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Game-changing marketing strategies that redefined five brands

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Innovative marketing strategies that helped Redbull, Domino’s, Gillette, Spotify and Parle-G to turn the tides of the market in their favour

New Delhi: Product matters. But it’s a marketing strategy that can make or break a brand. Here we bring you five smart marketing strategies by leading brands that helped the brands either pull themselves up from the brink of extinction or maintain their market dominance. [bs_input_restrict]

  1. Promoting positioning not product – Red Bull

Energy drink Red Bull’s quirky ads and the tagline ‘Red Bull gives you wings’ helped the brand gain a great recall. However, in recent years, the brand has adopted a new positioning by associating with extreme sports.

The brand which was launched in 1987 by Austrian entrepreneur Dietrich Mateschitz and Thai businessman Chaleo Yoovidhya, sponsors 15 sports teams connected with 11 extreme sports.

Some extreme sports that Red Bull sponsors are freestyle biking, BMX riding and skating.

The brand ensures that in keeping with its positioning, most of the posts on its Instagram account are also related to extreme sports instead of its product.

This strategy has helped Red Bull become a synonym for energy among extreme sports enthusiasts helping improve its reach and sales. Despite not having a secret recipe like Coca-Cola or Pepsi, Red Bull is one of the largest soft drink manufacturers. In the financial year 2022, it generated a revenue of $10.45 billion.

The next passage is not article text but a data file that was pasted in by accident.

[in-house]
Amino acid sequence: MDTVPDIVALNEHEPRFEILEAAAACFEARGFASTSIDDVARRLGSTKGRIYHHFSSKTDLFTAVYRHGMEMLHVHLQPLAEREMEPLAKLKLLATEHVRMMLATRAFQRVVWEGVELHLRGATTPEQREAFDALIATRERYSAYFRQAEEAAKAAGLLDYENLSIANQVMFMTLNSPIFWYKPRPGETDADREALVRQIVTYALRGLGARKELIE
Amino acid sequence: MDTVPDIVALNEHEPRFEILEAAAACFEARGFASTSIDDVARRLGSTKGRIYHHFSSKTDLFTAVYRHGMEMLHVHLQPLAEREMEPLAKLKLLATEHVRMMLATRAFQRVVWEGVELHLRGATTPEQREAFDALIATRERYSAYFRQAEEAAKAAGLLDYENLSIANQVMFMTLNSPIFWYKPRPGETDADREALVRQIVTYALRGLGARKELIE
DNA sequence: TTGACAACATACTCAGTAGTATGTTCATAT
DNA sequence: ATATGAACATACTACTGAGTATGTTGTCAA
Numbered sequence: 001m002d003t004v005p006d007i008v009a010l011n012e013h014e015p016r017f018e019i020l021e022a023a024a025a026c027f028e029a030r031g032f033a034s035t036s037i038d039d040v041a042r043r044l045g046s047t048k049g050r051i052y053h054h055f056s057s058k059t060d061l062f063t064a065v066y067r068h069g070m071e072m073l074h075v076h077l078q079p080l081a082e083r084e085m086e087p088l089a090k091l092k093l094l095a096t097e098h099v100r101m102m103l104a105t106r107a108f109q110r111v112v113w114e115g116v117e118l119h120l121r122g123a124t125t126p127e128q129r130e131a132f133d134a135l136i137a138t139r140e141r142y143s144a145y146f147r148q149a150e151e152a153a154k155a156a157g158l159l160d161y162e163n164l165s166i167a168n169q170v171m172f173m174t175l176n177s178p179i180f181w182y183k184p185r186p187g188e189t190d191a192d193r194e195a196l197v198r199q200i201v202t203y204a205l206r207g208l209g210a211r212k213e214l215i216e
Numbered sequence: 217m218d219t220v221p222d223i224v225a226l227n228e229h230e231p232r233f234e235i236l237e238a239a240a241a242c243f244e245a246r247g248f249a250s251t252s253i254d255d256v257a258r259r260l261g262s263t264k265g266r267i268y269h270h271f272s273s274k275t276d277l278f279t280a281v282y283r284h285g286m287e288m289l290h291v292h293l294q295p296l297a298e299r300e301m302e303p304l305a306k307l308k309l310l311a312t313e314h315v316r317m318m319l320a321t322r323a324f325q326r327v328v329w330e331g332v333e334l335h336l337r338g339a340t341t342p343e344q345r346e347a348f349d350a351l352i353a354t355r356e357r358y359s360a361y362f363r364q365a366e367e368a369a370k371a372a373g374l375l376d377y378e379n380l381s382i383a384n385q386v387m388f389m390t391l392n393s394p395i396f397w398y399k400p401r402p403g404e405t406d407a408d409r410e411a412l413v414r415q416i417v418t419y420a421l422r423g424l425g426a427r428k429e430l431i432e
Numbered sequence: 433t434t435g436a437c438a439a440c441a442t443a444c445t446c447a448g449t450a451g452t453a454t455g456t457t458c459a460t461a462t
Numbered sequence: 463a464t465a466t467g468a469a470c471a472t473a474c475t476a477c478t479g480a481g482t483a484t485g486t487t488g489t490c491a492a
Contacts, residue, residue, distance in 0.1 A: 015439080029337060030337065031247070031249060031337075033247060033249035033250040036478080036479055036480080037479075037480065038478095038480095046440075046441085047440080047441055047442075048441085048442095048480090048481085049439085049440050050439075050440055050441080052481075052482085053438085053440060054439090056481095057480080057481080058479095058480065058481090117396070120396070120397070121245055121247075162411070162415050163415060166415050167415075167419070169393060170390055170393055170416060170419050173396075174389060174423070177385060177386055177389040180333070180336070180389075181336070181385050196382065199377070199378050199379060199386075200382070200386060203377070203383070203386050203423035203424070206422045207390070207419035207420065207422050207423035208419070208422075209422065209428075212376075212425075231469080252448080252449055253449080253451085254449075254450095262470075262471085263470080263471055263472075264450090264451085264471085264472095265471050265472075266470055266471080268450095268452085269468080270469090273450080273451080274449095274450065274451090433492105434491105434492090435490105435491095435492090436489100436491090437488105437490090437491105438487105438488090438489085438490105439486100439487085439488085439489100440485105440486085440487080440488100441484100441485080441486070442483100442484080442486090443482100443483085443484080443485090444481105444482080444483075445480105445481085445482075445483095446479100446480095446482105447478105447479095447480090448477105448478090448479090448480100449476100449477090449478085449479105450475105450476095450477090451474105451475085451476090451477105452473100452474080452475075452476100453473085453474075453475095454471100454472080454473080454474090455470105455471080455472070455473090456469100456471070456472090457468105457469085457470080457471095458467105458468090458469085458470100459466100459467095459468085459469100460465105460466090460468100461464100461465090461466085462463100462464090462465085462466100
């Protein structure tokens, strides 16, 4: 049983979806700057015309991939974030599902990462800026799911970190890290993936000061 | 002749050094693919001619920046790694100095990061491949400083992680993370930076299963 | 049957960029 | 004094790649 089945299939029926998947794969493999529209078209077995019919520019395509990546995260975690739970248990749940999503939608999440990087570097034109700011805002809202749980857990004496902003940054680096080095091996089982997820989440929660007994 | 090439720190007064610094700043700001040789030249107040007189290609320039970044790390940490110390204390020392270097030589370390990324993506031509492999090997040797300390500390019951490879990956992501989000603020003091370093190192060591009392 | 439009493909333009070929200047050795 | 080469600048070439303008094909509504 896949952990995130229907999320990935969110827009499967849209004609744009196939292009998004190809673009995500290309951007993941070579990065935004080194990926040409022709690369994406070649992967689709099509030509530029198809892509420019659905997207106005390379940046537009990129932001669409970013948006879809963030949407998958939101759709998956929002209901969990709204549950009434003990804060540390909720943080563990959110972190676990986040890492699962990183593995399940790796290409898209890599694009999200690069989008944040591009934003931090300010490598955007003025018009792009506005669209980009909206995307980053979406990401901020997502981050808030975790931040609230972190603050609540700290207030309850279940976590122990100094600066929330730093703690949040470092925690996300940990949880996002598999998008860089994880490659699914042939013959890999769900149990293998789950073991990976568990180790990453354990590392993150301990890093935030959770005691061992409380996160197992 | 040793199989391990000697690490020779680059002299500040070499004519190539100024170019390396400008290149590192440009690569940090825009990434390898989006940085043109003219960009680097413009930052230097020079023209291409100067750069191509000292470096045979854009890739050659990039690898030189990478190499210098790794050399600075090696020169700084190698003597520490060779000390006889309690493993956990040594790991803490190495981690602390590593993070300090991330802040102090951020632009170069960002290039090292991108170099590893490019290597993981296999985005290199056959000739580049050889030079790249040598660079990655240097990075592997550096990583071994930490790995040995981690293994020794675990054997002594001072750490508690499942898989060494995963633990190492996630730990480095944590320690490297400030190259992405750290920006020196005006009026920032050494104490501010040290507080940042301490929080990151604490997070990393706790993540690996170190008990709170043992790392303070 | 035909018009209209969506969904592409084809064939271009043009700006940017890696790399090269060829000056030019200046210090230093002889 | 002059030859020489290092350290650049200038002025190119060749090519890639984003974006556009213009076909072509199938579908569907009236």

1. Negative marketing with a twist – Domino’s

Influencer marketing is a significant part of several brands. However, back in 2008, it wasn’t as mainstream as it is today.

American pizza chain used the power of influencer marketing to its advantage 15 years back—a time when still in its nascency.

The share prices of the Michigan-based brand were suffering after the 2008 market crash trading at 6$ a share compared to today’s price of 300$ plus.

In addition, people in America were also unsatisfied with the quality of the pizzas Domino’s was serving. To fix it, Domino’s launched a bold campaign which involved inviting people to give an unbiased opinion on its pizzas.

It even filmed people saying that the pizza base tasted like cardboard. Domino’s then worked on improving its quality and taste and went back to the same people asking them to try its new range of pizzas. People were impressed by the transformation in the quality and taste and Domino’s ran campaigns comparing the old and new. This helped revive business and helped the company to survive in those hard times. In 2022, Domino’s generated a revenue of more than $4.5 billion.

  1. Razor blade strategy- Gillette